Hence, for example, when you listen to someone talking about how to make AI ethical, know that he or she tells you a lot of "BS" (beyond sense-making), or he/she talks about science fiction. Today, and for many more years, AI will not be much different from an advanced computer. Human like type of AI will require decades of development, hence decades ahead of us. What may be worth a discussion is the ethics of developing and exploiting current AI in a non-harmful way – just like anything else: knives, guns, tanks, bulldozers, dogs, gorillas, missiles.
This currently is a hot discussion. But this discussion is greatly over-hyped. The ethics of using AI is no different from the ethics of using a hammer, or bulldozer, genetic editing, or an atomic bomb. It is based on two simple rules:
1. When developing ... (fill in the blank) do not mean using it to harm anyone.
2. When developing ... (fill in the blank) also work on preparations to counteract an attempts to harm people by the means of ...
(fill in the blank).
That's it. The ethical part of the discussion is over. The technical part begins, including the discussion of relevant policies.
The proliferation of AI-based technologies in all aspects of business and society is inevitable. But the question "how will AI affect people" does not belong to the field of AI, it belongs to the field of political philosophy, starting from answering question: what does make a human - human?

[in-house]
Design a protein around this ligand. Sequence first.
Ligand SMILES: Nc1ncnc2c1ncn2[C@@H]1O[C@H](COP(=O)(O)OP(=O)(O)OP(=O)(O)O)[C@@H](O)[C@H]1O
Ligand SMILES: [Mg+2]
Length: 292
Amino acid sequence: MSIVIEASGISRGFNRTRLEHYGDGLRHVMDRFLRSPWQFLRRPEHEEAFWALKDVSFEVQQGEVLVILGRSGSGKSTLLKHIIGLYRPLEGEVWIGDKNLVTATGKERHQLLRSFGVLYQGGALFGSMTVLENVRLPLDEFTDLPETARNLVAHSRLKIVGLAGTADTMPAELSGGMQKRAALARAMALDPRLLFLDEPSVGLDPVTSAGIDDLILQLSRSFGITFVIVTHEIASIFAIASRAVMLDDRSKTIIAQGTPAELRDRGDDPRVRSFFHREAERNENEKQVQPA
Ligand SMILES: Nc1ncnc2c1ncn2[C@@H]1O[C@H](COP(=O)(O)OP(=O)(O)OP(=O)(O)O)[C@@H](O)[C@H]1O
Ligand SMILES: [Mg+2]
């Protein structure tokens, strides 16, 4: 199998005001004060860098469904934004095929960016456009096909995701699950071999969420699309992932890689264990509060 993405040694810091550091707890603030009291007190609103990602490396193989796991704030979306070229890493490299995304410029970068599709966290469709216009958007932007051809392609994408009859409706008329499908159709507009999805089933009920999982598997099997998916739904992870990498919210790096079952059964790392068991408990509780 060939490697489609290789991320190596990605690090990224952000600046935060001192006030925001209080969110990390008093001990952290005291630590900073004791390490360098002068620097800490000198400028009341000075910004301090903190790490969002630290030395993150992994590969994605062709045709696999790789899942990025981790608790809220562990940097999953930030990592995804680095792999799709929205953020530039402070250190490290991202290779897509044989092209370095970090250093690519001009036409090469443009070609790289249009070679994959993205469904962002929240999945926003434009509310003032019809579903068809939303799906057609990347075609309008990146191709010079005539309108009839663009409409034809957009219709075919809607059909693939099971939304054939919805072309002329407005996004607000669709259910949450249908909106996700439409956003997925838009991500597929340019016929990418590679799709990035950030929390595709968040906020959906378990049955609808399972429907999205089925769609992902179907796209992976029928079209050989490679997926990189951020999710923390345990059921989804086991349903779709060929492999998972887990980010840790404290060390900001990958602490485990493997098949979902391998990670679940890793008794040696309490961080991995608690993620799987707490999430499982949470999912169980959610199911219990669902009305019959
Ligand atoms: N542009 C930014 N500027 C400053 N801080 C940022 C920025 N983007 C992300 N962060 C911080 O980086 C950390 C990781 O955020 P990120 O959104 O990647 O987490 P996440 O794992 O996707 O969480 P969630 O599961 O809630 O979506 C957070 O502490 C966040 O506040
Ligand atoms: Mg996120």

There is no doubt in my mind that some time in the future the real AI (a.k.a. AGI, AHLI) will be developed. Not in 5 or even 10 years, though, and not even in 20. But sometime in the far future it will. That means only one thing; that means people will cease to be single intelligent species. We can see this situation as if aliens finally introduced themselves, but the kind which also grow up together with humans. And the fact that they will be growing up together is the most important one, because those "artificial humans", when fully developed, will act in accordance with the culture they grew up in, and in accordance with education they received - exactly like humans! There will be, though, one big difference between humans and AI. Every human has to spend years to learn how to live his/her life. AI will be able do it much faster. After one AI will grow up in a specifically constructed environment ("AI schooling facility") and learn how to behave, its memory can be replicated in all other AIs (well, maybe with some unpredictable fluctuations - "AI mental mutations").